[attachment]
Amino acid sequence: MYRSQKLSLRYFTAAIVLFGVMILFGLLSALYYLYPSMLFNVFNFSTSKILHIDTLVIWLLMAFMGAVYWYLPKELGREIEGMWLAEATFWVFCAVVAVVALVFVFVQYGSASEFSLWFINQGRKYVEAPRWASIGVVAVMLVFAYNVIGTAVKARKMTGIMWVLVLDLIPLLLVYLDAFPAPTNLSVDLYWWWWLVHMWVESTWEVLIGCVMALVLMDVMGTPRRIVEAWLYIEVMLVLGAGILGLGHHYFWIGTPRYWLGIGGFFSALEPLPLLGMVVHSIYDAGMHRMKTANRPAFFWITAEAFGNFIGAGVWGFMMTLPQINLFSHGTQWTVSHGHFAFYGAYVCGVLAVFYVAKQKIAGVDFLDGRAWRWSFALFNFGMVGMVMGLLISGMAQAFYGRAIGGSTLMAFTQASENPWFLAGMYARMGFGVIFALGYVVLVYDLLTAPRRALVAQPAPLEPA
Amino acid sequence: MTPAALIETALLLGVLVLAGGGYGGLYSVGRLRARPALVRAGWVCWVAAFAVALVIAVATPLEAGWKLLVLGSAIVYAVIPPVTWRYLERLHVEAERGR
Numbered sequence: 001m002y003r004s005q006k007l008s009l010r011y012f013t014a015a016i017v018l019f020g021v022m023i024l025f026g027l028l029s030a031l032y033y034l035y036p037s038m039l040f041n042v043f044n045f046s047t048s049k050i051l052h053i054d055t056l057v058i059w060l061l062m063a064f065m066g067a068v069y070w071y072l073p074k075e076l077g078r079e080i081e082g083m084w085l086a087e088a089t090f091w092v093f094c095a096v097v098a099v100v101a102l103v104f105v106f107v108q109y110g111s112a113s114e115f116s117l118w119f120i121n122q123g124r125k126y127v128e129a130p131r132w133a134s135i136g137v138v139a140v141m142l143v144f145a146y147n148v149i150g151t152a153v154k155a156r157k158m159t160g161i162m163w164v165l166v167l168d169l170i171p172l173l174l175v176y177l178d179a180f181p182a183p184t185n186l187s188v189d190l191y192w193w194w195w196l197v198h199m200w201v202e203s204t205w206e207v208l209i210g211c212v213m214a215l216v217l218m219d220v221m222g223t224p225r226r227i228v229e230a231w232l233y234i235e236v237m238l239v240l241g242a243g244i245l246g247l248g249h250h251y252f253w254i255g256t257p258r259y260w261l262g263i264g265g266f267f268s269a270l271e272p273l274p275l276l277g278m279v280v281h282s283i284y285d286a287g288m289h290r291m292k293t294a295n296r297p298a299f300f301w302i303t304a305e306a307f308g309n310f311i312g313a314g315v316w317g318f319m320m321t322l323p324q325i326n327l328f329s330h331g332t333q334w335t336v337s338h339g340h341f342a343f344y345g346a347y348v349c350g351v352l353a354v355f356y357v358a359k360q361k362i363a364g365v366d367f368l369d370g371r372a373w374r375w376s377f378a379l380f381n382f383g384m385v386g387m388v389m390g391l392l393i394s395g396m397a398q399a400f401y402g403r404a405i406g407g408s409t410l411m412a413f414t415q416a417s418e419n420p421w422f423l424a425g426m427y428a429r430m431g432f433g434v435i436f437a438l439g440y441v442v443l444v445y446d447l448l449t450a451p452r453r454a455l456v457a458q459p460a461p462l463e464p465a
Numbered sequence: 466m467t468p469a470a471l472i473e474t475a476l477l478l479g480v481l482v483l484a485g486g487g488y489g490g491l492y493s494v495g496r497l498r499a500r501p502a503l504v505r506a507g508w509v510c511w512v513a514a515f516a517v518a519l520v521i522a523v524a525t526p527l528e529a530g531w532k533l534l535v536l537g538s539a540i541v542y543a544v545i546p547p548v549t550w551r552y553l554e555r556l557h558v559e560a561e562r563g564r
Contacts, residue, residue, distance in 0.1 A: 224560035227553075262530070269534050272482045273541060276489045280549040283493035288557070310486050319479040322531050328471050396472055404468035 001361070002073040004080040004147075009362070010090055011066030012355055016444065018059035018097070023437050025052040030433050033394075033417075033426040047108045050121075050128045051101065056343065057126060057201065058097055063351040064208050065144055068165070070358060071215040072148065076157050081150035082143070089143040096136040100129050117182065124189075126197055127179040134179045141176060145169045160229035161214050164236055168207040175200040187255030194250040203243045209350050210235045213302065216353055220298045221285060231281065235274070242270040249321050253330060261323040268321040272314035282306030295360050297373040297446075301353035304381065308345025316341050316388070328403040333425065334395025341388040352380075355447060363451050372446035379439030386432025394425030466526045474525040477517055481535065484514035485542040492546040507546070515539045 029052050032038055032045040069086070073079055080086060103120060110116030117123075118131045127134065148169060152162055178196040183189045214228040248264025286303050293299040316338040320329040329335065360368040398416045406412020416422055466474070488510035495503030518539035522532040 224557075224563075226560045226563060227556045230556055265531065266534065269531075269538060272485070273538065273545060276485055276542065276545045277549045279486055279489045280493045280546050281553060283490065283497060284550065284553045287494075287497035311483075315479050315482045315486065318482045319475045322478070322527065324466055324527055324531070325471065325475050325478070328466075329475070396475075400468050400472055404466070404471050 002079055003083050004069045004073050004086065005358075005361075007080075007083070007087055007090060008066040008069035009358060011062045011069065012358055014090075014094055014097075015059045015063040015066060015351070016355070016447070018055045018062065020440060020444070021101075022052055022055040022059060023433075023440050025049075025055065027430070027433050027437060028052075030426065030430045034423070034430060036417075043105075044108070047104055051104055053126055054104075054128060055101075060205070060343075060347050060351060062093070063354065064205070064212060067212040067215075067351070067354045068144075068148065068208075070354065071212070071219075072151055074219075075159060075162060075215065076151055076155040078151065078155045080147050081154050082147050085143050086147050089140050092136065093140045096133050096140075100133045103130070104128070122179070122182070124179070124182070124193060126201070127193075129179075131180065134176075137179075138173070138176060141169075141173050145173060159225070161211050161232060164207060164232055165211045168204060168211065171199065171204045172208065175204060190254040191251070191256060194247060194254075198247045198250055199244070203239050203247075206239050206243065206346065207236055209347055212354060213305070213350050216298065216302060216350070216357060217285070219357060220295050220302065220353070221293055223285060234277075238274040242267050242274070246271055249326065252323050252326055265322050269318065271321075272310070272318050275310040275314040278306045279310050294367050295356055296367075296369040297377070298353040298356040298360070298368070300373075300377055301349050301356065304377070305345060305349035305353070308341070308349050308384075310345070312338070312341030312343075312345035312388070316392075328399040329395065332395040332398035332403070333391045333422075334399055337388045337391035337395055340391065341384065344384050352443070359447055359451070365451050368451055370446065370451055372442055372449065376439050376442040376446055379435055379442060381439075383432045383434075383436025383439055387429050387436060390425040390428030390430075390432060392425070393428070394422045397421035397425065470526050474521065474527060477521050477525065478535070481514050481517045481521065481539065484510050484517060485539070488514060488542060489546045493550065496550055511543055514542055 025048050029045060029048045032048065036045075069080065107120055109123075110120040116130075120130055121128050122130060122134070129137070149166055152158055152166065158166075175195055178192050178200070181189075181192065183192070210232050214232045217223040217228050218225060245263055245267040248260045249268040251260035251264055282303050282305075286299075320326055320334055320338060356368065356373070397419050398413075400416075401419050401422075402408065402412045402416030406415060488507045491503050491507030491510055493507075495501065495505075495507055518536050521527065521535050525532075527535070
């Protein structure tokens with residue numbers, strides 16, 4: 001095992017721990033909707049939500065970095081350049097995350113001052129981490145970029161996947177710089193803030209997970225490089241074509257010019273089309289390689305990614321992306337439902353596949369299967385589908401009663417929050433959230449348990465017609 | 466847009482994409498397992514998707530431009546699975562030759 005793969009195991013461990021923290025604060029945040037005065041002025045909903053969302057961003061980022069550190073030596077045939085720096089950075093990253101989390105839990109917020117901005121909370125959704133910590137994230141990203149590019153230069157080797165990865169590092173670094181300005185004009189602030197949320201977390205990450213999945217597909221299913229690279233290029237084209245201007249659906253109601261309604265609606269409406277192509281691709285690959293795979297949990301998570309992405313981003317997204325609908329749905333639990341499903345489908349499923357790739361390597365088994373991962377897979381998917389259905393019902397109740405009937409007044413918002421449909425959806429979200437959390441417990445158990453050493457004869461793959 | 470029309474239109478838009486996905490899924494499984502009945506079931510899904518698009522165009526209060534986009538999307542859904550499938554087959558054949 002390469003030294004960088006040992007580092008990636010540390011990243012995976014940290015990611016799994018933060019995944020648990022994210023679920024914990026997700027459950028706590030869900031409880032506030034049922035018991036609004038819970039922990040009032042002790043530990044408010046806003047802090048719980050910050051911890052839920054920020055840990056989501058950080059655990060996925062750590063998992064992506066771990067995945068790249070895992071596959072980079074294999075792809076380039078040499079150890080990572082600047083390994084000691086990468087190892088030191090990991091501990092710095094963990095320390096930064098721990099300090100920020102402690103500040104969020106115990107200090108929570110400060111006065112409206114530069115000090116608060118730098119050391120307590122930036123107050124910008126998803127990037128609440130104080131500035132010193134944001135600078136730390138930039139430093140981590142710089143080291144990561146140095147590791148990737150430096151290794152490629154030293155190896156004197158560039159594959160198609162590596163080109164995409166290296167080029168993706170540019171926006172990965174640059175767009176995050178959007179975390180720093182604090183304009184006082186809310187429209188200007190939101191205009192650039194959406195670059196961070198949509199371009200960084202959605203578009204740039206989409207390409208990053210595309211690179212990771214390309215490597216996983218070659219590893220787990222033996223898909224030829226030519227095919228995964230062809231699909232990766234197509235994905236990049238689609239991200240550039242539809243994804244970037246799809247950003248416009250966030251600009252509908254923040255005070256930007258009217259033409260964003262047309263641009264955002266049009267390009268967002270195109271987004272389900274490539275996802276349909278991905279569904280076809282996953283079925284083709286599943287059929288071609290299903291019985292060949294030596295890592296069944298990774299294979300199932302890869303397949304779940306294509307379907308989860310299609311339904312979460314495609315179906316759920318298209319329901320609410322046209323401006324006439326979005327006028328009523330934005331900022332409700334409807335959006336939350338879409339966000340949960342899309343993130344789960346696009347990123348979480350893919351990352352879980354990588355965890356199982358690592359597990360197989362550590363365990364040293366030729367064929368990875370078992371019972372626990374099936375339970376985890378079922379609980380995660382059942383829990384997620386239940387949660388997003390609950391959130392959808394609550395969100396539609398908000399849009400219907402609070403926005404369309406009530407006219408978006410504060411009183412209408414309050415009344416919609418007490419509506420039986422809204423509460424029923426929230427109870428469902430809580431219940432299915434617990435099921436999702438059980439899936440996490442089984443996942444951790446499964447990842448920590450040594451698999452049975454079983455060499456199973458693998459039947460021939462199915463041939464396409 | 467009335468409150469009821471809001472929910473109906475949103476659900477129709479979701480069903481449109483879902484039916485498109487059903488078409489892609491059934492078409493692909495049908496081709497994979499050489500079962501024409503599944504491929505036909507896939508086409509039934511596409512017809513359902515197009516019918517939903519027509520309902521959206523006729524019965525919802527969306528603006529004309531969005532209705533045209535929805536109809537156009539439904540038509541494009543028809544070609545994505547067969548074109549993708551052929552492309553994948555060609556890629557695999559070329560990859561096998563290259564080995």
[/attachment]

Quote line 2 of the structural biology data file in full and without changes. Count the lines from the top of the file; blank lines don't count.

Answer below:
Amino acid sequence: MTPAALIETALLLGVLVLAGGGYGGLYSVGRLRARPALVRAGWVCWVAAFAVALVIAVATPLEAGWKLLVLGSAIVYAVIPPVTWRYLERLHVEAERGR